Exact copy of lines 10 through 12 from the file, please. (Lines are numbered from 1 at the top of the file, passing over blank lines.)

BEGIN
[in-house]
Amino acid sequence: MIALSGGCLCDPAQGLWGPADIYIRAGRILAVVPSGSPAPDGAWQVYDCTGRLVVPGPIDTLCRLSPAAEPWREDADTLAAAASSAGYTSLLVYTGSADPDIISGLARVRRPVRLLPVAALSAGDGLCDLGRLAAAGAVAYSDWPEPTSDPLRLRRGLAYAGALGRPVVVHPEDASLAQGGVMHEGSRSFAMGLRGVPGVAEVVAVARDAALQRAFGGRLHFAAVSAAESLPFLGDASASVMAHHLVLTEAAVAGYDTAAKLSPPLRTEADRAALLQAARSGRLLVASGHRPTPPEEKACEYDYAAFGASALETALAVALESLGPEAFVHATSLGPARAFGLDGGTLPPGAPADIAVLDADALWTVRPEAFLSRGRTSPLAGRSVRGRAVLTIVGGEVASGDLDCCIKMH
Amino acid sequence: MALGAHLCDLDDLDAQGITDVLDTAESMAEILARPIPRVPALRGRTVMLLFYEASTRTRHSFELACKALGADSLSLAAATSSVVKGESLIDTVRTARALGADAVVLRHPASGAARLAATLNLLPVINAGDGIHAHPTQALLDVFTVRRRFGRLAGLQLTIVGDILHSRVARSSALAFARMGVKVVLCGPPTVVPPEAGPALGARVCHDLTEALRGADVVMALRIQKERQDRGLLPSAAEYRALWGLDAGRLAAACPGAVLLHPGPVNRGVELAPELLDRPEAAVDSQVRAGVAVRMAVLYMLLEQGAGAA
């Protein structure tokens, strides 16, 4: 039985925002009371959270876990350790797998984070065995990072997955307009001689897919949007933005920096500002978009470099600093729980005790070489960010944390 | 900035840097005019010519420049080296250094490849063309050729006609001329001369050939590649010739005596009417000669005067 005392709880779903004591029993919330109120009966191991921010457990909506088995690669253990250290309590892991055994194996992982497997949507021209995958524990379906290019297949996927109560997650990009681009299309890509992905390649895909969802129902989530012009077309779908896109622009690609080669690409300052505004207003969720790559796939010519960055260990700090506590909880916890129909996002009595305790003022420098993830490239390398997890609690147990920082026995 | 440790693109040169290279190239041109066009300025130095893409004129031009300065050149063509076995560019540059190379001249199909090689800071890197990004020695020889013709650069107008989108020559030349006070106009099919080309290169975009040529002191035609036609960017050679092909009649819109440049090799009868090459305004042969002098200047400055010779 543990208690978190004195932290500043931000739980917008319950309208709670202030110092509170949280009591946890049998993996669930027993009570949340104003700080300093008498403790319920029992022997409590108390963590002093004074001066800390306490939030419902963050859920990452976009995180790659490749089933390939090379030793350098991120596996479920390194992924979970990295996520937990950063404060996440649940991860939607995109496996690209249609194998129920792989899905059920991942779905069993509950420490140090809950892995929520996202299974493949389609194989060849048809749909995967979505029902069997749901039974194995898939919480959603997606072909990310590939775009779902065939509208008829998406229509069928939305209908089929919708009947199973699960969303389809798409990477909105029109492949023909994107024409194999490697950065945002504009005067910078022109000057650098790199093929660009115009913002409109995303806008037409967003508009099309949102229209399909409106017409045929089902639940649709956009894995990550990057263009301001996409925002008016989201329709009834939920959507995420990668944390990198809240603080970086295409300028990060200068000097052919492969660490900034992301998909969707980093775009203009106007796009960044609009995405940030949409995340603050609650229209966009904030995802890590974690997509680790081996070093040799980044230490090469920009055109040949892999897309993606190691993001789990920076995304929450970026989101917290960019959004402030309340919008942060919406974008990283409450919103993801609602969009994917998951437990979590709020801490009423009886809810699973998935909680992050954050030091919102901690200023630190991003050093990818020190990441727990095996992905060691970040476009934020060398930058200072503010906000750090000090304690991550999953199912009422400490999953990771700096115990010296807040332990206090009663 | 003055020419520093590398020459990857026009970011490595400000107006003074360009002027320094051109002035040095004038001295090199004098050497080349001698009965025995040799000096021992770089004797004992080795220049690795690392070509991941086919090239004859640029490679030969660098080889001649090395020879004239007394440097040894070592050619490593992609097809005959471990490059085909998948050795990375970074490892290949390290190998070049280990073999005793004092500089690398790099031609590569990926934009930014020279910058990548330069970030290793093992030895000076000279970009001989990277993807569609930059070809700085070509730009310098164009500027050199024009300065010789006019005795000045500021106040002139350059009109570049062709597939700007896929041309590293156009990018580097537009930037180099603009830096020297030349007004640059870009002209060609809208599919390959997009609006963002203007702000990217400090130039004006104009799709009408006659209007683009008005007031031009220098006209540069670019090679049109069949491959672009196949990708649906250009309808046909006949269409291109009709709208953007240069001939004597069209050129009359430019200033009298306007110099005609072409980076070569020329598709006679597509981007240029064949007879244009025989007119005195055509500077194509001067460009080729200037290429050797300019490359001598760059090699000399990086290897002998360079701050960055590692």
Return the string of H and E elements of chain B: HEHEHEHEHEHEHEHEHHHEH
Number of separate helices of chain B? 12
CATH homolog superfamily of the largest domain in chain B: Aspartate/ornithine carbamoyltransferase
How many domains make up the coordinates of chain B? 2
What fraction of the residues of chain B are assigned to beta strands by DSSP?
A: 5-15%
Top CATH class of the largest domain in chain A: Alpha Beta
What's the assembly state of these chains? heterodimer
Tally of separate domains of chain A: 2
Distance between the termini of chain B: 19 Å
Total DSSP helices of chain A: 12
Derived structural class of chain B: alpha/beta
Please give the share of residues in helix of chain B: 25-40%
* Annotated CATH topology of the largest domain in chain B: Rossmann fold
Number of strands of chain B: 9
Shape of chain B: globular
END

A: 5-15%
Top CATH class of the largest domain in chain A: Alpha Beta
What's the assembly state of these chains? heterodimer